Originally Posted by tcruise7771
Turns out there is a Europe Union directive 642/2009 which regulates energy efficiency . Which basicly says all Tvs that have no DVI ( because tv with dvi , like samsung for example have HDMI1 set as DVI ( no audio ) is intended to work as a PC monitor ) do not fall in that category . Since ALL HDMI inputs on the Sony have audio output they r not DVI so this tv falls in the tv category and according to the Europe Union 642/2009http://www.energystar.gov/ia/partners/prod_development/revisions/downloads/tv_vcr/Forced_Menu_Proposal_111607.pdfhttp://ec.europa.eu/energy/efficiency/ecodesign/doc/regulations/guidelines_ecodesign_televisions_may_2011.pdf
"With this in mind, stakeholders suggested that use of a forced menu option may meet manufacturers’ need for a retail setting while meeting EPA’s need for products to be used by consumers in a lower power setting.
Thus, EPA calls for the use of IEC 62087 and clarifies that products with a forced menu at start up (i.e., a menu where a user must select a mode in which the product will operate prior to being able to view anything on the TV) may test and qualify their products in a standard mode. To further consistent messaging to consumers about how to set their TVs for home use, EPA is calling on manufacturers to provide two choices: “home” or “retail” in the interface that appears when a consumer or retail customer first starts a TV that makes use of a forced menu option."
"Question: Are products with SDI and/or DVI and additional standardised video signal paths
included in the scope of the regulation considered to be a "television monitor"?
Answer: No, products which provide SDI and/or DVI connectors are not considered to be
"television monitors" and therefore not in the scope of the regulation, irrespective of any other
signal connectors which are also fitted to the product."
"Answer: Article 2, definitions, point 10 states that ‘forced menu’ means a set of television
settings pre-defined by the manufacturer, of which the user of the television must select a
particular setting upon initial start-up of the television.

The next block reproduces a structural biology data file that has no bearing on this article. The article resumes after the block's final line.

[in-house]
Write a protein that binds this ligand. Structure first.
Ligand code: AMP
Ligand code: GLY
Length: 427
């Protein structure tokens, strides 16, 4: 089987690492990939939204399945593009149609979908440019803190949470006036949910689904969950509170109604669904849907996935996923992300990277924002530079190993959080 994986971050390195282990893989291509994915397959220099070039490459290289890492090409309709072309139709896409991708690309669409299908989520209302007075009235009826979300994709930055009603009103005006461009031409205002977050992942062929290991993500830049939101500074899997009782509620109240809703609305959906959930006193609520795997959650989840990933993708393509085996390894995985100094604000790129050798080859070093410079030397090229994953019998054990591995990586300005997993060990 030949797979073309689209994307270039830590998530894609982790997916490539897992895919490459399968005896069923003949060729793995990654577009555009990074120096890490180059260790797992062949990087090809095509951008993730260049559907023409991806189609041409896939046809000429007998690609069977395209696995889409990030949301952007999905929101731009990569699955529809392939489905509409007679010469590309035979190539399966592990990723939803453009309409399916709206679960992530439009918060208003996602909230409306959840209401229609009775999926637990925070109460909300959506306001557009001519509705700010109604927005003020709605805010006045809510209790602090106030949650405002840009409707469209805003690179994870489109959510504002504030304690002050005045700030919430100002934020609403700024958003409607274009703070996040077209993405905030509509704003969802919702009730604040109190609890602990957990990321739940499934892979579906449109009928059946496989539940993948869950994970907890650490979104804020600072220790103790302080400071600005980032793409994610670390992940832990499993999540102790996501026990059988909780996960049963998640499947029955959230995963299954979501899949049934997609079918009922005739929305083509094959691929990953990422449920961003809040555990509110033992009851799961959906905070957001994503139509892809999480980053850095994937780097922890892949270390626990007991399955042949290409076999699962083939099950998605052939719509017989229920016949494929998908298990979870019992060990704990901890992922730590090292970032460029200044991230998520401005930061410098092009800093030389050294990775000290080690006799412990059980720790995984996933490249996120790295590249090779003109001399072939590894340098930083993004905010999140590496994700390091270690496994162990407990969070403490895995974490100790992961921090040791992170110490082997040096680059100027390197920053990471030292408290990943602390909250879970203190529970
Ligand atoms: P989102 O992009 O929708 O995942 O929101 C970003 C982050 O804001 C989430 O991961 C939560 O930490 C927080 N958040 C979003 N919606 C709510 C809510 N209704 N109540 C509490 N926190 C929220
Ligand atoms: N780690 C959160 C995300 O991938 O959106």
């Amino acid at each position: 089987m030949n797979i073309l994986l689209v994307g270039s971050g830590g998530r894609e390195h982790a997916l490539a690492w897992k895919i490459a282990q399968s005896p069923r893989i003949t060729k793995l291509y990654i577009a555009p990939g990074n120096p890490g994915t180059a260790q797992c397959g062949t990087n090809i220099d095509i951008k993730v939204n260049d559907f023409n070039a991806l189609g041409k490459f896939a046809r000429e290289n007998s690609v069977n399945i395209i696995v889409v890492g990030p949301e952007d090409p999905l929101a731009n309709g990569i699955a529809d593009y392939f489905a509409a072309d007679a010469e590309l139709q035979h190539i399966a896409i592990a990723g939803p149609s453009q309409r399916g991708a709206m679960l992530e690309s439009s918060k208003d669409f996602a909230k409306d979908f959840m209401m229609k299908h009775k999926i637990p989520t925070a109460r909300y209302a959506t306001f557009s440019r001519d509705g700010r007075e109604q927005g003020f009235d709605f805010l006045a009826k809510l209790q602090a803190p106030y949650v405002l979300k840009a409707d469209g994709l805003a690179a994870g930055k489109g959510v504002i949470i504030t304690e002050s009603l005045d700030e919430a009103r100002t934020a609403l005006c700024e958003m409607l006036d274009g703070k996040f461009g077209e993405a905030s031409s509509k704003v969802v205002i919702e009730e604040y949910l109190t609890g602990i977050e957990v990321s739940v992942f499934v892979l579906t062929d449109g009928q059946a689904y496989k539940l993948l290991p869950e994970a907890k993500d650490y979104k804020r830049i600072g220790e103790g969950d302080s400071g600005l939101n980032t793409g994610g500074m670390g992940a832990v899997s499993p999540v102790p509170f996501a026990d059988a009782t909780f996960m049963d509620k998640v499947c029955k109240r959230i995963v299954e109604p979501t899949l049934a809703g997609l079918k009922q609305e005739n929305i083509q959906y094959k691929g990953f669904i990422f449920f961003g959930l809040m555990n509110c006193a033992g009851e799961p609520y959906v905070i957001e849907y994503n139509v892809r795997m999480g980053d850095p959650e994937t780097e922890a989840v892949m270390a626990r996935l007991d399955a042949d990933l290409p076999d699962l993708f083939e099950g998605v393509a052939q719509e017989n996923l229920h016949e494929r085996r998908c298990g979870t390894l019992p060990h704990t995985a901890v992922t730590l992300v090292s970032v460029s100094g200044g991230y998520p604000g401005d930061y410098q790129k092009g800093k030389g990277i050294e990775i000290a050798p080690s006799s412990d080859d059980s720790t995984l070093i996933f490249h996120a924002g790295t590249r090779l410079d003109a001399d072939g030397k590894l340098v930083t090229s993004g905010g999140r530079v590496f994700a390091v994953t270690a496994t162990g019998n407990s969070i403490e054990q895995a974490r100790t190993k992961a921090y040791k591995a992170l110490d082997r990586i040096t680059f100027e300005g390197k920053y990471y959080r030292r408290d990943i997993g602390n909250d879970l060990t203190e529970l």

If a television offers a choice of non-picture related settings, e.g. language or country, on
initial activation, then such settings are not regarded as ‘forced menu’, as these settings have
no influence on the energy consumption of the TV.
If the television does not provide a forced menu (for example containing “home” and “shop”
modes), then the picture settings of the television as delivered by the manufacturer shall be
used for power consumption measurements."
4. Brightest on-mode condition
Question: What is meant by "brightest on-mode condition provided by the television"?
Answer: The "brightest on-mode condition" is the product’s maximum luminance that can be
provided by the television when "manually" adjusting the relevant picture settings while
maintaining optimum picture contrast as tested using relevant grey-scale test patterns.
In case that a preset mode (for example, “shop” mode) is identified as the brightest on-mode
condition provided by the television, manufacturers shall ensure that no further upward
modification of the luminance through manual adjustment is possible by the user.
Further to the third indent of point 5(b) of Annex I, the sequence of steps for achieving a
stable condition providing the brightest on-mode condition applied for conformity assessment
has to be included in the technical documentation.
5. Peak luminance ratio
Question: What are examples of appropriate test patterns for establishing the peak luminance
Answer: Annex II, 3(a) requires that “Measurements shall be made using a reliable, accurate
and reproducible measurement procedure”, where Annex II, 3(b) demands "a full (100 %)
white image, which is part of a ‘full screen test’ test pattern that does not exceed the average
picture level (APL) point where any power limiting occurs in the display luminance drive
In order to deliver reliable, accurate, and reproducible measurements of peak luminance ratio,
manufacturers have to choose an appropriate test pattern that meets the applicable
requirements. The test pattern chosen should not introduce power limiting and should not
introduce any other display power drive irregularity that distorts a linear power to luminance
characteristic at the home mode.
ANYWAY BASICLY THE POINT OF USING THE HOME MODE IS ONLY IF YOU WANT TO SAVE ENERGY , BECAUSE IT DRASTICLY CUTS OFF THE REAL PERFORMANCE OF YOUR TV .
All samsungs work on 100 % because they escape this category of EU because as i said they have DVI ( samsung give u pixel mapping only on HDMI1/DVI and no audio on that HDMI because it is indeed a DVI connection ) . While SONY give u a global settings for FULL PIXEL 1:1 mapping which can give u FULL PIXEL on all 4 HDMI ports and also have HDMI Audio .
I am going to make a global thread on that subject but wanted to share my findings on here too .